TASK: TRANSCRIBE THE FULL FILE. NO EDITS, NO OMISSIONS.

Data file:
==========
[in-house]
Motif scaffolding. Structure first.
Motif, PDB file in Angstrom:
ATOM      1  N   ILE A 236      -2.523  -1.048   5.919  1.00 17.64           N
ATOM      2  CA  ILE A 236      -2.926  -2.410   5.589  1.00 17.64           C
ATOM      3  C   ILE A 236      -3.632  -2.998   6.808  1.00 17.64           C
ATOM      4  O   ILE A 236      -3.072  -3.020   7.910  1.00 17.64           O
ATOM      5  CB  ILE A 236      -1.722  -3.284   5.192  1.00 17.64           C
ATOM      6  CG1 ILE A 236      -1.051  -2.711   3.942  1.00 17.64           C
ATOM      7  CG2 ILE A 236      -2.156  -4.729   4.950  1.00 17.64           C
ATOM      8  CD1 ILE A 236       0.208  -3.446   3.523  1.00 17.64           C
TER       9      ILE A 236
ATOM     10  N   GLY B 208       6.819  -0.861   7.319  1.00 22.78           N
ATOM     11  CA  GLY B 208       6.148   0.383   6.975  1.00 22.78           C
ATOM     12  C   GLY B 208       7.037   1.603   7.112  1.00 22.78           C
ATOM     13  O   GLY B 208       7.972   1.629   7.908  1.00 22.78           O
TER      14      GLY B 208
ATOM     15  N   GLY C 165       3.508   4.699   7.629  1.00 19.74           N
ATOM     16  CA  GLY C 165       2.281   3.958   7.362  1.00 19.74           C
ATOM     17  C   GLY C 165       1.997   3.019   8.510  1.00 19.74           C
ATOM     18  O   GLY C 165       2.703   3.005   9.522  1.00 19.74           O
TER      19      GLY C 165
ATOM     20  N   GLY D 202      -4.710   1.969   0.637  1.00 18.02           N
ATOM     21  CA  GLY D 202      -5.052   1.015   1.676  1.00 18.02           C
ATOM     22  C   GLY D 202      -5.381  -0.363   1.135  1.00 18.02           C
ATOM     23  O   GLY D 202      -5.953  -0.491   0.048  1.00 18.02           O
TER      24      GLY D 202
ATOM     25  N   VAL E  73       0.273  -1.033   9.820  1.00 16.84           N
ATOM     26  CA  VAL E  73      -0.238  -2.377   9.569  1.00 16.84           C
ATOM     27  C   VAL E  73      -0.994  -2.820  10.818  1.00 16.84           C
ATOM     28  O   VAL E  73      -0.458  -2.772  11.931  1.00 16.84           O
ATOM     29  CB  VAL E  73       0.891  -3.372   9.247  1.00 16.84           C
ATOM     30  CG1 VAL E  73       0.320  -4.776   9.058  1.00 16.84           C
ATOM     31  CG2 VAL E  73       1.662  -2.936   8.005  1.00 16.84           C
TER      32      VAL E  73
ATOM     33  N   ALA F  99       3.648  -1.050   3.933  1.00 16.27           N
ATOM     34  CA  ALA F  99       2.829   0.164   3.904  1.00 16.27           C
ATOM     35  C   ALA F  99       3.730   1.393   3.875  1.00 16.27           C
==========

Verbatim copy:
[in-house]
Motif scaffolding. Structure first.
Motif, PDB file in Angstrom:
ATOM      1  N   ILE A 236      -2.523  -1.048   5.919  1.00 17.64           N
ATOM      2  CA  ILE A 236      -2.926  -2.410   5.589  1.00 17.64           C
ATOM      3  C   ILE A 236      -3.632  -2.998   6.808  1.00 17.64           C
ATOM      4  O   ILE A 236      -3.072  -3.020   7.910  1.00 17.64           O
ATOM      5  CB  ILE A 236      -1.722  -3.284   5.192  1.00 17.64           C
ATOM      6  CG1 ILE A 236      -1.051  -2.711   3.942  1.00 17.64           C
ATOM      7  CG2 ILE A 236      -2.156  -4.729   4.950  1.00 17.64           C
ATOM      8  CD1 ILE A 236       0.208  -3.446   3.523  1.00 17.64           C
TER       9      ILE A 236
ATOM     10  N   GLY B 208       6.819  -0.861   7.319  1.00 22.78           N
ATOM     11  CA  GLY B 208       6.148   0.383   6.975  1.00 22.78           C
ATOM     12  C   GLY B 208       7.037   1.603   7.112  1.00 22.78           C
ATOM     13  O   GLY B 208       7.972   1.629   7.908  1.00 22.78           O
TER      14      GLY B 208
ATOM     15  N   GLY C 165       3.508   4.699   7.629  1.00 19.74           N
ATOM     16  CA  GLY C 165       2.281   3.958   7.362  1.00 19.74           C
ATOM     17  C   GLY C 165       1.997   3.019   8.510  1.00 19.74           C
ATOM     18  O   GLY C 165       2.703   3.005   9.522  1.00 19.74           O
TER      19      GLY C 165
ATOM     20  N   GLY D 202      -4.710   1.969   0.637  1.00 18.02           N
ATOM     21  CA  GLY D 202      -5.052   1.015   1.676  1.00 18.02           C
ATOM     22  C   GLY D 202      -5.381  -0.363   1.135  1.00 18.02           C
ATOM     23  O   GLY D 202      -5.953  -0.491   0.048  1.00 18.02           O
TER      24      GLY D 202
ATOM     25  N   VAL E  73       0.273  -1.033   9.820  1.00 16.84           N
ATOM     26  CA  VAL E  73      -0.238  -2.377   9.569  1.00 16.84           C
ATOM     27  C   VAL E  73      -0.994  -2.820  10.818  1.00 16.84           C
ATOM     28  O   VAL E  73      -0.458  -2.772  11.931  1.00 16.84           O
ATOM     29  CB  VAL E  73       0.891  -3.372   9.247  1.00 16.84           C
ATOM     30  CG1 VAL E  73       0.320  -4.776   9.058  1.00 16.84           C
ATOM     31  CG2 VAL E  73       1.662  -2.936   8.005  1.00 16.84           C
TER      32      VAL E  73
ATOM     33  N   ALA F  99       3.648  -1.050   3.933  1.00 16.27           N
ATOM     34  CA  ALA F  99       2.829   0.164   3.904  1.00 16.27           C
ATOM     35  C   ALA F  99       3.730   1.393   3.875  1.00 16.27           C